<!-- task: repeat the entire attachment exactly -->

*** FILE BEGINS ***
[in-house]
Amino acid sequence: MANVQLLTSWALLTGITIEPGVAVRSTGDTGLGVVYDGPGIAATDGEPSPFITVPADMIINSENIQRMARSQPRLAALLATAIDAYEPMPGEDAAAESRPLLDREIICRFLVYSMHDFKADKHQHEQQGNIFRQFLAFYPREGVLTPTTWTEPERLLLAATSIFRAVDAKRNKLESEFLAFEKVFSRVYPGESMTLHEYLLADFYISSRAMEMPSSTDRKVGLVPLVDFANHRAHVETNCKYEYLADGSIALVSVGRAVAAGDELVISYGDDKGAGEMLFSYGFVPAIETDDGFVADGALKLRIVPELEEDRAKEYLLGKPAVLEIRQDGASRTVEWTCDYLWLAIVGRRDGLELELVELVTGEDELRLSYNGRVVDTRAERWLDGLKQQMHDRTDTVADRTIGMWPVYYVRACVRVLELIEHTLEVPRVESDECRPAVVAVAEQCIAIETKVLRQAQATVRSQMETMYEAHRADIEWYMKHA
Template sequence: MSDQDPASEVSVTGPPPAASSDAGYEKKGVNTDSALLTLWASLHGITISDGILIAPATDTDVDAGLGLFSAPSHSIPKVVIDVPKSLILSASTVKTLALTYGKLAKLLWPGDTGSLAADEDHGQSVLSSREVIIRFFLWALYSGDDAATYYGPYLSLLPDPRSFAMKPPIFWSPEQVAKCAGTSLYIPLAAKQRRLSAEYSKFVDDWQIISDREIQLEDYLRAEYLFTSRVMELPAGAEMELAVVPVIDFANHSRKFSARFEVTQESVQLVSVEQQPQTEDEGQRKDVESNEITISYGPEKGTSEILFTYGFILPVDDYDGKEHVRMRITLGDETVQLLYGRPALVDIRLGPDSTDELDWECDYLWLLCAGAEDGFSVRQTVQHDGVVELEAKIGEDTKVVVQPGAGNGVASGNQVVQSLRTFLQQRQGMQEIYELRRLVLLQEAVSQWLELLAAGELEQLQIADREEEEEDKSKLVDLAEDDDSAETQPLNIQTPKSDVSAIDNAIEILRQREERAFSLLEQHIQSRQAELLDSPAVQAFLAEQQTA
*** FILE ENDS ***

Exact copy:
[in-house]
Amino acid sequence: MANVQLLTSWALLTGITIEPGVAVRSTGDTGLGVVYDGPGIAATDGEPSPFITVPADMIINSENIQRMARSQPRLAALLATAIDAYEPMPGEDAAAESRPLLDREIICRFLVYSMHDFKADKHQHEQQGNIFRQFLAFYPREGVLTPTTWTEPERLLLAATSIFRAVDAKRNKLESEFLAFEKVFSRVYPGESMTLHEYLLADFYISSRAMEMPSSTDRKVGLVPLVDFANHRAHVETNCKYEYLADGSIALVSVGRAVAAGDELVISYGDDKGAGEMLFSYGFVPAIETDDGFVADGALKLRIVPELEEDRAKEYLLGKPAVLEIRQDGASRTVEWTCDYLWLAIVGRRDGLELELVELVTGEDELRLSYNGRVVDTRAERWLDGLKQQMHDRTDTVADRTIGMWPVYYVRACVRVLELIEHTLEVPRVESDECRPAVVAVAEQCIAIETKVLRQAQATVRSQMETMYEAHRADIEWYMKHA
Template sequence: MSDQDPASEVSVTGPPPAASSDAGYEKKGVNTDSALLTLWASLHGITISDGILIAPATDTDVDAGLGLFSAPSHSIPKVVIDVPKSLILSASTVKTLALTYGKLAKLLWPGDTGSLAADEDHGQSVLSSREVIIRFFLWALYSGDDAATYYGPYLSLLPDPRSFAMKPPIFWSPEQVAKCAGTSLYIPLAAKQRRLSAEYSKFVDDWQIISDREIQLEDYLRAEYLFTSRVMELPAGAEMELAVVPVIDFANHSRKFSARFEVTQESVQLVSVEQQPQTEDEGQRKDVESNEITISYGPEKGTSEILFTYGFILPVDDYDGKEHVRMRITLGDETVQLLYGRPALVDIRLGPDSTDELDWECDYLWLLCAGAEDGFSVRQTVQHDGVVELEAKIGEDTKVVVQPGAGNGVASGNQVVQSLRTFLQQRQGMQEIYELRRLVLLQEAVSQWLELLAAGELEQLQIADREEEEEDKSKLVDLAEDDDSAETQPLNIQTPKSDVSAIDNAIEILRQREERAFSLLEQHIQSRQAELLDSPAVQAFLAEQQTA